ERDEBIL TEKKESI PDF

Important User Information: Remote access to EBSCO's databases is permitted to patrons of subscribing institutions accessing from remote locations for personal, non-commercial use. However, remote access to EBSCO's databases from non-subscribing institutions is not allowed if the purpose of the use is for commercial gain through cost reduction or avoidance for a non-subscribing institution. Winter, Issue 80, p Abstract: It seems that Ardabil Lodge had deep influences on Azerbaijani and Anatolian Turks when taking into consideration of its significant part in the political, social and cultural life of Near and Middle East. Therefore, it occupies a special place in Turkish-Islamic history.

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From the end of the 11th century onwards, sources mention the presence of the nomadic Oghuz Turks in the Antalya region, which became their destination and where they found abundant green feed for their animals throughout the year in the mountain pastures during the summer and in the low plains during the winter.

The Oghuz presence in this region resulted in heavy casualties for the members of the Second Crusader as they descended towards the coast, to the city of Antalya, from the Denizli plains and the Oghuz presence in the region greatly increased following the capture of the city of Antalya by the Seljuks in Many places on the Teke Peninsula, to the west of the Gulf of Antalya, still carry the names of the first Turkish tribes that settled in the area.

Sources report that Mubariziddin Mehmet Bey was called the "Teke Pasha", literally the "he-goat pasha", thanks to his stubbornness in recapturing the city of Antalya from the Lusignan Knights of Cyprus, who had occupied the city in Under his administration the region began to be called the "Teke ili", and the local population were called "Tekelis" from the end of the 14th century.

According to the sources, in the late 14th century the Ottoman Sultan Beyazit I launched a campaign in this region and returned with ten thousand camels. He placed the Teke region firstly under the rule of his son isa, and then under the rule of his son Mustafa Chelebi with the status of a "sanjak".

The prosperous lands of the Teke region included many "timars" and became the sanjak of Prince Korkut, the son of the Ottoman Sultan Beyazit II, at the beginning of the 16th century. Timur occupied the Teke region during his campaign in Anatolia and sources inform us that Timur, when he left Anatolia, took with him 30, hostages. On his route from Anatolia, Timur called at the Erdebil Tekke, which was at this time led by Hodja Ali, the grandson of Sheikh Safiyyeddin -the founder of the Safavid dynasty-, and Timur donated many villages in this region to the Erdebil Tekke.

He also asked of Hodja Ali, whom he highly respected, if he had another request. Hodja Ali replied that he had no other wish, but would like to see the hostages that Timur had brought from Anatolia released. In response to this request, Timur released them all and sent them back to their homes, together with decrees to the local Emirs that these people should not be put under any pressure. It is certain that some of these hostages, that had been taken by Timur and were released at the request of Hodja Ali, were nomadic or settled Turkmen from the Teke region.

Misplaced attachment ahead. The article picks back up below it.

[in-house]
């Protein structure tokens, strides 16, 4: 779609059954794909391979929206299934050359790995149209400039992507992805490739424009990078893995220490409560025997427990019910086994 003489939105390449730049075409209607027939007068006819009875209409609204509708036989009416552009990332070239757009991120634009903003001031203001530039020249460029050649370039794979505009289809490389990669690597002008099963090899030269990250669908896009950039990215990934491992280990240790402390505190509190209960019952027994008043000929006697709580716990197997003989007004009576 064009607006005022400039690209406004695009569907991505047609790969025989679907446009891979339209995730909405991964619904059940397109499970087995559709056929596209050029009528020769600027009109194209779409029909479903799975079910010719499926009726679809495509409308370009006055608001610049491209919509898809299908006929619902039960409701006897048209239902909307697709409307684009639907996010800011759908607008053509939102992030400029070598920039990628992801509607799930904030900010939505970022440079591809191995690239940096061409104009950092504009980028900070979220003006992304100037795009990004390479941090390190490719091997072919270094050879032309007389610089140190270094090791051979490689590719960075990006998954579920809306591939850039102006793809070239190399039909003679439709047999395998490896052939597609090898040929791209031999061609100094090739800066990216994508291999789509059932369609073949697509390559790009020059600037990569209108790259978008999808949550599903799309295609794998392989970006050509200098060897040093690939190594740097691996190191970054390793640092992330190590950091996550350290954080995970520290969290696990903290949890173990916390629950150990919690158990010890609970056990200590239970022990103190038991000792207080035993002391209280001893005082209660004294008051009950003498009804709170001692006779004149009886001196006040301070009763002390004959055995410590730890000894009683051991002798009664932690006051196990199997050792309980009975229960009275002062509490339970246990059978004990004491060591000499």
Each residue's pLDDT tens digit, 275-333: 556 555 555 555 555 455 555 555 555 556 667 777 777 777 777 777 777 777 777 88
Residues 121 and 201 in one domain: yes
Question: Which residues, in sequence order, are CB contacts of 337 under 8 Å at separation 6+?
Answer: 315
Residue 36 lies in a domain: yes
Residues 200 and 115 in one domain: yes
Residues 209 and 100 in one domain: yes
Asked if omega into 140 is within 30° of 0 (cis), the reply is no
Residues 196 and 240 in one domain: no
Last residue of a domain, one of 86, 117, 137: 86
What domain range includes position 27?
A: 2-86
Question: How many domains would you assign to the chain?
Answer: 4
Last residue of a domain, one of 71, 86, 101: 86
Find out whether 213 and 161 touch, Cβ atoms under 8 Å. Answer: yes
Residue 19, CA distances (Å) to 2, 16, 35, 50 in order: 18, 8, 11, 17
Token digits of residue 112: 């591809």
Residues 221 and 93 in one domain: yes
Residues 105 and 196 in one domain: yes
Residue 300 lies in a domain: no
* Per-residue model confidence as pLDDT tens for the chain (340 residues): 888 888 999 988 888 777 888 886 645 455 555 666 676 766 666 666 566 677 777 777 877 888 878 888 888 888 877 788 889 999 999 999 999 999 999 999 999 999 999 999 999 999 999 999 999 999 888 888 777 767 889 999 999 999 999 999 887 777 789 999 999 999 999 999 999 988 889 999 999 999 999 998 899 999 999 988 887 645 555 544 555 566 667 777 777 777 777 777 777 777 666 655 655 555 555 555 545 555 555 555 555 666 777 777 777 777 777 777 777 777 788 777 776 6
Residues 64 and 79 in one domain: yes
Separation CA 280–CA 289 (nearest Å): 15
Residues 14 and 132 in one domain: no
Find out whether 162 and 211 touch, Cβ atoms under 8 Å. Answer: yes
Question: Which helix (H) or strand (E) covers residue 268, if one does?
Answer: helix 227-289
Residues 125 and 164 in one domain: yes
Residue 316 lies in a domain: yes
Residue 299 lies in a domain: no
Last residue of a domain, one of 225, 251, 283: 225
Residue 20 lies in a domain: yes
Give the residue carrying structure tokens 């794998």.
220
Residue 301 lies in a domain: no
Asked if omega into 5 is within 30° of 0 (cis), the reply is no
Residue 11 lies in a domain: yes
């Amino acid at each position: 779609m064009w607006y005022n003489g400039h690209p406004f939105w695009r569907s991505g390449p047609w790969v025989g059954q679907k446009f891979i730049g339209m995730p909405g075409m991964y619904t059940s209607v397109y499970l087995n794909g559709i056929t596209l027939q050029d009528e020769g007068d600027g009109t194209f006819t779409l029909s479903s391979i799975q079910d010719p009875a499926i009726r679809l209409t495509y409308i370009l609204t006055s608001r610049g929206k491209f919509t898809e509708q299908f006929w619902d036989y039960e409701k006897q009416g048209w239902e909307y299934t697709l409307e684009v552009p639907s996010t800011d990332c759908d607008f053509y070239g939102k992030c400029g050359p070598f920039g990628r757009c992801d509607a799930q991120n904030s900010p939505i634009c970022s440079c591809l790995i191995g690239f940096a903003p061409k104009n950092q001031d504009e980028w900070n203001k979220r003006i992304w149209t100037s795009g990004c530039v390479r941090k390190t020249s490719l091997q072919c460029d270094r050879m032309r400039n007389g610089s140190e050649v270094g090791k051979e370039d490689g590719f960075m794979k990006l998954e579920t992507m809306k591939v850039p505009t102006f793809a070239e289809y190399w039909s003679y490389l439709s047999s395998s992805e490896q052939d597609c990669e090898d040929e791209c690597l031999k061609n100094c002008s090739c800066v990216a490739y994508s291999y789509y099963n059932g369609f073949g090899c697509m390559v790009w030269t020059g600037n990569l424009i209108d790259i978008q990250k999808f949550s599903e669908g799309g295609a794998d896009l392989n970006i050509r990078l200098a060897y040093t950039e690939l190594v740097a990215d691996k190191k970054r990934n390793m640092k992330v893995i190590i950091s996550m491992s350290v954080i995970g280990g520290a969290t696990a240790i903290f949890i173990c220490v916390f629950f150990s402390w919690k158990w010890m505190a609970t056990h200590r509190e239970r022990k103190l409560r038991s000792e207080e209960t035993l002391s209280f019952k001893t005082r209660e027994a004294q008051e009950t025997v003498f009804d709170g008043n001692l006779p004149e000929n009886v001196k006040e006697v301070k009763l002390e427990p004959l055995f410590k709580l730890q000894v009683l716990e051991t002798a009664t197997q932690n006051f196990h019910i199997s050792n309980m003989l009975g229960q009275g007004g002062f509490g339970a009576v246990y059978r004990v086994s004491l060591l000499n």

During the leaderships of Ciineyt, the grandson of Hodja Ali, and his son Haydar, whose skills for organizing propoganda are reported to have been outstanding, the warm relations between the Turkmen Tekelis and the Safavids grew even stronger. When Shah Ismail, son of Haydar, founded the Safavid State in the beginning of the 16th century, over the course of the following years, he found great support from the Turkmen Tekelis, who were linked to the Erdebil Tekke.

The Turkmen chieftains of Teke were always close beside him. Hasan Halife was one of the disciples who had been educated by Haydar, who were sent as propogandists into Anatolia, he was given the title of "Caliph". About this time, Prince Korkut, who had had problems with his father Sultan Beyazit II and had fled to Egypt, came to terms with his father and returned to rule the Antalya sanjak.

In the last years of the reign of the Ottoman Sultan Beyazit II, Korkut wanted to be closer to the capital city Istanbul to facilitate his accession to the Sultanate on the death of his father, and so departed in great secrecy from the Antalya Sanjak, leaving for Manisa via the Yenice Pass. Then he reached Kiitahya, which was the center of the Anadolu Beylerbeyligi. Here he defeated the Ottoman Beylerbeyi Karagoz Ahmet Pasha killing him, and, after capturing Kiitahya he plundered the city.

First he held the Kizilkaya, on the border between Burdur and Antalya, then he retreated further, to the Doseme Derbendi. He then continued on his march to Sivas via Kayseri. Sources reveal that the surviving rebels continued on their way from Sivas, to Iran via Erzincan. If you would like to get announcement mails about Akmed activities, please subcribe to our mailling list. Subscribe Unsubscribe.

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